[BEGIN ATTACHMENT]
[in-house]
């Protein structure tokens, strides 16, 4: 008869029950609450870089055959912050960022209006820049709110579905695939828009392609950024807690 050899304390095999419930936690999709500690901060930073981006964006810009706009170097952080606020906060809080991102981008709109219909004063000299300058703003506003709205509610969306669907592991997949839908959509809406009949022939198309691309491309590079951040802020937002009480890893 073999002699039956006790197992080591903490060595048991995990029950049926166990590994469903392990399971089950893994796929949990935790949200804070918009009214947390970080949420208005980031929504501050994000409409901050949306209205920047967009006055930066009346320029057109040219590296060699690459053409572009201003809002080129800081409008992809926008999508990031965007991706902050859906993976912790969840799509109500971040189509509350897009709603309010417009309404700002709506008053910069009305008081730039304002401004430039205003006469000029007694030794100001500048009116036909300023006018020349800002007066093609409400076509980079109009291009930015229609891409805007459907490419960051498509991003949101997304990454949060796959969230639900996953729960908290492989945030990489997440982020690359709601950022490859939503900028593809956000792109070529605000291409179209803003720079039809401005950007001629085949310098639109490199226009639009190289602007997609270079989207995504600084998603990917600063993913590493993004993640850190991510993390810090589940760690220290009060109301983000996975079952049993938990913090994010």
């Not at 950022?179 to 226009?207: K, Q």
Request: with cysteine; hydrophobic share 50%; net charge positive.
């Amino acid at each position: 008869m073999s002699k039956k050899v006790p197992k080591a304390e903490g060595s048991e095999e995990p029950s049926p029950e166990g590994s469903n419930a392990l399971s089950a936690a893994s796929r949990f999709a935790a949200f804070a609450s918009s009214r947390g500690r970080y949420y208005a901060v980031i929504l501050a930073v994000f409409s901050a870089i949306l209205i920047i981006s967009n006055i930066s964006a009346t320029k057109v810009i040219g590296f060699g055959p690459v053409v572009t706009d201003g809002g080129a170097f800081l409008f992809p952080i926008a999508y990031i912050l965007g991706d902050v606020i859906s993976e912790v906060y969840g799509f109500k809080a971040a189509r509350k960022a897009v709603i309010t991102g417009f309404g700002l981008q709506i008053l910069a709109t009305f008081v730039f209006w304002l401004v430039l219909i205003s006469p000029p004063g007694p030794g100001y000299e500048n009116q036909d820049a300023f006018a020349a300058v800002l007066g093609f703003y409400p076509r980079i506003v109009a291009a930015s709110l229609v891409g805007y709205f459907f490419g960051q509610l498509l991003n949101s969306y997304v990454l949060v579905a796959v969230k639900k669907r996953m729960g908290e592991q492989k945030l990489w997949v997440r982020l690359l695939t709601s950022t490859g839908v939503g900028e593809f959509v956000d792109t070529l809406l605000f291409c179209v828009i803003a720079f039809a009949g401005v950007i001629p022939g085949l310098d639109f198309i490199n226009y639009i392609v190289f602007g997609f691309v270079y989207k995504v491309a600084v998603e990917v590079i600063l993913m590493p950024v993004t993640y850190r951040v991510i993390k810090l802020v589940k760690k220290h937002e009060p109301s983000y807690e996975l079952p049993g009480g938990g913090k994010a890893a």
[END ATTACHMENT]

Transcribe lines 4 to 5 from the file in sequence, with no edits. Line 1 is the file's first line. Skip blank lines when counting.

Request: with cysteine; hydrophobic share 50%; net charge positive.
């Amino acid at each position: 008869m073999s002699k039956k050899v006790p197992k080591a304390e903490g060595s048991e095999e995990p029950s049926p029950e166990g590994s469903n419930a392990l399971s089950a936690a893994s796929r949990f999709a935790a949200f804070a609450s918009s009214r947390g500690r970080y949420y208005a901060v980031i929504l501050a930073v994000f409409s901050a870089i949306l209205i920047i981006s967009n006055i930066s964006a009346t320029k057109v810009i040219g590296f060699g055959p690459v053409v572009t706009d201003g809002g080129a170097f800081l409008f992809p952080i926008a999508y990031i912050l965007g991706d902050v606020i859906s993976e912790v906060y969840g799509f109500k809080a971040a189509r509350k960022a897009v709603i309010t991102g417009f309404g700002l981008q709506i008053l910069a709109t009305f008081v730039f209006w304002l401004v430039l219909i205003s006469p000029p004063g007694p030794g100001y000299e500048n009116q036909d820049a300023f006018a020349a300058v800002l007066g093609f703003y409400p076509r980079i506003v109009a291009a930015s709110l229609v891409g805007y709205f459907f490419g960051q509610l498509l991003n949101s969306y997304v990454l949060v579905a796959v969230k639900k669907r996953m729960g908290e592991q492989k945030l990489w997949v997440r982020l690359l695939t709601s950022t490859g839908v939503g900028e593809f959509v956000d792109t070529l809406l605000f291409c179209v828009i803003a720079f039809a009949g401005v950007i001629p022939g085949l310098d639109f198309i490199n226009y639009i392609v190289f602007g997609f691309v270079y989207k995504v491309a600084v998603e990917v590079i600063l993913m590493p950024v993004t993640y850190r951040v991510i993390k810090l802020v589940k760690k220290h937002e009060p109301s983000y807690e996975l079952p049993g009480g938990g913090k994010a890893a």